This feature also comes in to play when closing the lid to put the Mac to sleep. The white LED will come on right away at full-strength, but won’t start “breathing” until the laptop actually goes to sleep. I’m used to waiting until the LED comes on, but now I have to watch it and wait for it to start breathing before I can pack up the laptop. I wish they would have left that alone.
Unfortunately, putting the MacBook Pro to sleep takes 30-45 seconds. This is a long time to wait when you’re ready to go. But the reason it takes so long to sleep is because your computer is writing all the information that’s in RAM to your disc. This way you won’t lose any info if your battery dies, or falls out while in sleep mode. But with 2 to 4 GB of RAM it can take quite a while.
There’s a short terminal command (via Paul) to change the sleep-mode from the default “3” to “0” which fixes the slow sleep frustration:
sudo pmset -a hibernatemode 0
You’ll be prompted to enter your administrator password, and then you’re good to go. And make sure you
logout before quitting terminal or the change won’t keep.
What this command does is change your laptop’s sleep-mode from “safe” to “instant”. That means if your battery dies while your laptop is sleeping you’ll lose all your session data.
But I always save – and usually quit out of – everything anyway, so it would be no loss if the battery died. And now the laptop sleeps in about 5 -7 seconds instead of 30 – 45. Hallelujah.
Finding the right bag seems to be a never-ending venture. I knew I would miss my little Brenthaven bag for the 12-inch PowerBook, but Brenthaven’s 15-inch MBP version was a bit too clunky. I found a slick Burton Bandwidth Case from Turntable Labs. It’s slim, has very little extra storage, and is perfect for the times I just need to take my laptop and nothing else.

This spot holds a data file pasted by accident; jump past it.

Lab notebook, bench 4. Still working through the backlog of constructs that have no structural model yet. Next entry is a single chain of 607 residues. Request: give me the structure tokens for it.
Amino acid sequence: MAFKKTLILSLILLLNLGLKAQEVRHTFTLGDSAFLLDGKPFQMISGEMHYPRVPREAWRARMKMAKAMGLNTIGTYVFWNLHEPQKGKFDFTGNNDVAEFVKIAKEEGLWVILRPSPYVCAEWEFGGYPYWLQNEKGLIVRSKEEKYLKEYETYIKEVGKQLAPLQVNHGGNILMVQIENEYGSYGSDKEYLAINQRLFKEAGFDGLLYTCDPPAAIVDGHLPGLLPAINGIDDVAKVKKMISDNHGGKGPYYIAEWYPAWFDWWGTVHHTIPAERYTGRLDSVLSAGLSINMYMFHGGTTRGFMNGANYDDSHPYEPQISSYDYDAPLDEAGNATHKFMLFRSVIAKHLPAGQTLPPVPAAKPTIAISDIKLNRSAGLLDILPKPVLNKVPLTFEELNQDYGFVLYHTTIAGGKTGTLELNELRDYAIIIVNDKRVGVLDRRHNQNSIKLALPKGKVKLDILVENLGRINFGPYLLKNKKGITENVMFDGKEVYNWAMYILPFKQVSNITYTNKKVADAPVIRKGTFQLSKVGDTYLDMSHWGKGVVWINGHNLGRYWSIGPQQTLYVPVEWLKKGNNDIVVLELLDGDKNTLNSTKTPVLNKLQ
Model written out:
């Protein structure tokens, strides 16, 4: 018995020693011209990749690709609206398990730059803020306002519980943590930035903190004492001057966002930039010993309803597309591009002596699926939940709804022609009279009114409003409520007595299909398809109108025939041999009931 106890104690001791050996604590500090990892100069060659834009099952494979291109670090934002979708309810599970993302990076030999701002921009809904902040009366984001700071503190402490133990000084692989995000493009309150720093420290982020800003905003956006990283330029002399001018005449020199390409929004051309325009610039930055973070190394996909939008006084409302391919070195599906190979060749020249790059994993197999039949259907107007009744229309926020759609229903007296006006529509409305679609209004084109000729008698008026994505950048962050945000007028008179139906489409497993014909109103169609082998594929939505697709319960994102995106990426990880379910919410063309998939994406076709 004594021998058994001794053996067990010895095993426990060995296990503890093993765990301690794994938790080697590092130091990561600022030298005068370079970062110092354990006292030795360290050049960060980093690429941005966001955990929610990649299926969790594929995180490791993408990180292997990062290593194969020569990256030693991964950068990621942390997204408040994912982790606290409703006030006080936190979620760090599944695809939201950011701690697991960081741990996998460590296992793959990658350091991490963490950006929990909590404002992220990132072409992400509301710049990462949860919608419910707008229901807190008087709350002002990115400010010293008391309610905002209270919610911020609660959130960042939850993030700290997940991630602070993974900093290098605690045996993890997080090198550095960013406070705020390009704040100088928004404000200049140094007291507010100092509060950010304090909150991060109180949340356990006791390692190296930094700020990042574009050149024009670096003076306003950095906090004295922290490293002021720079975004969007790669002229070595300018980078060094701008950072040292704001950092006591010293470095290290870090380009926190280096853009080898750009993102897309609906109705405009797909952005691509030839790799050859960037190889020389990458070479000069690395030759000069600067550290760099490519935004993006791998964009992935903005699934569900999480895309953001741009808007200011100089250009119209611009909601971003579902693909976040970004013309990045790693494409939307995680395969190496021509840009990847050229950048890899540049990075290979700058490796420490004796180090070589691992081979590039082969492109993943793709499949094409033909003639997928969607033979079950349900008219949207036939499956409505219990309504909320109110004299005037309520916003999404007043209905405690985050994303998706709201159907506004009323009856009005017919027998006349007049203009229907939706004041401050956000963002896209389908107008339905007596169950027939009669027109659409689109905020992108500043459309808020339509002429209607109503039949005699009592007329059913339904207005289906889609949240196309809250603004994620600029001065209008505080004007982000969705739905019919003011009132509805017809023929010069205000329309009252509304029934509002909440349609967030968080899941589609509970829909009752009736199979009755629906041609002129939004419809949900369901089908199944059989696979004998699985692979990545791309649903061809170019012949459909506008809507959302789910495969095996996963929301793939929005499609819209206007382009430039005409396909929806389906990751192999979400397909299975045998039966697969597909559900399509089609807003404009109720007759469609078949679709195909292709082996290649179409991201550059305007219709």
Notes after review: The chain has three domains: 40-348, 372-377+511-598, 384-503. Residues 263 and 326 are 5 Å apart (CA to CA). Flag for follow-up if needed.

That case is not my everyday bag, though. For everyday use I’ve decided I need a backpack: One that doesn’t look like it belongs in a sci-fi movie; one that holds my laptop safely; And one that is the right size (not too big, but not too small).
I’m currently using the Case Logic XN Backpack, and so far, it seems to fit the bill. Granted, I have a pretty bad track record of keeping bags. I’ve been through about 8 in the course of my three laptops, but with each one I get closer to perfection.
Odds and Ends
- There has been a lot of hub-ubb about the new battery-life claims on Apple’s website. Are the new computers getting worse battery life or are the claims actually realistic? From my own experience so far I’m quite sure the claims are dead-on.
I haven’t done any legit testing, but earlier today the battery lasted nearly four hours with the power settings on “Better Performance” and the screen at full brightness — all while typing, surfing the web, listening to music through the built-in speakers, and I downloaded a 1.13 GB movie from iTunes.
I have no doubt with more caution I could squeeze 5 hours out of the battery.
- The new Penryn processor runs much cooler than my old PPC G4. Even on processor intensive apps, with the MacBook Pro on my lap it stays cool and the fan runs virtually silent.
- The MacBook Pro shipped with it’s own build of OS X 10.5.2 — Build 9C2028. (My PowerBook and Mac Pro are both running Build 9C31.) I imagine this has something to do with the new trackpad new multi-touch features.
- The MagSafe power adapter is a brilliant invention. Aside from the “safety” factor it’s much easier to connect and disconnect. But the orange or green indicator light only comes on about once every four plug-ins, even though the battery icon in the menu bar indicates charging. I’ll probably take it into the genius bar some-day to get it replaced.
- When reading on the Apple website I just noticed they refer to the computer as MacBook Pro, not the MacBook Pro. Like iPhone.
- Something else I’ve noticed about the MacBook Pro’s internal display is that when dimming the screen the increments seem rather far apart. Instead of a gradual dimming, each step is a bit jarring. Though I honestly don’t know for sure, I assume this has something to do with the way an LED display is lit, verses the older CCFL technology.
This is just one of a handful of winded and entertaining software reviews.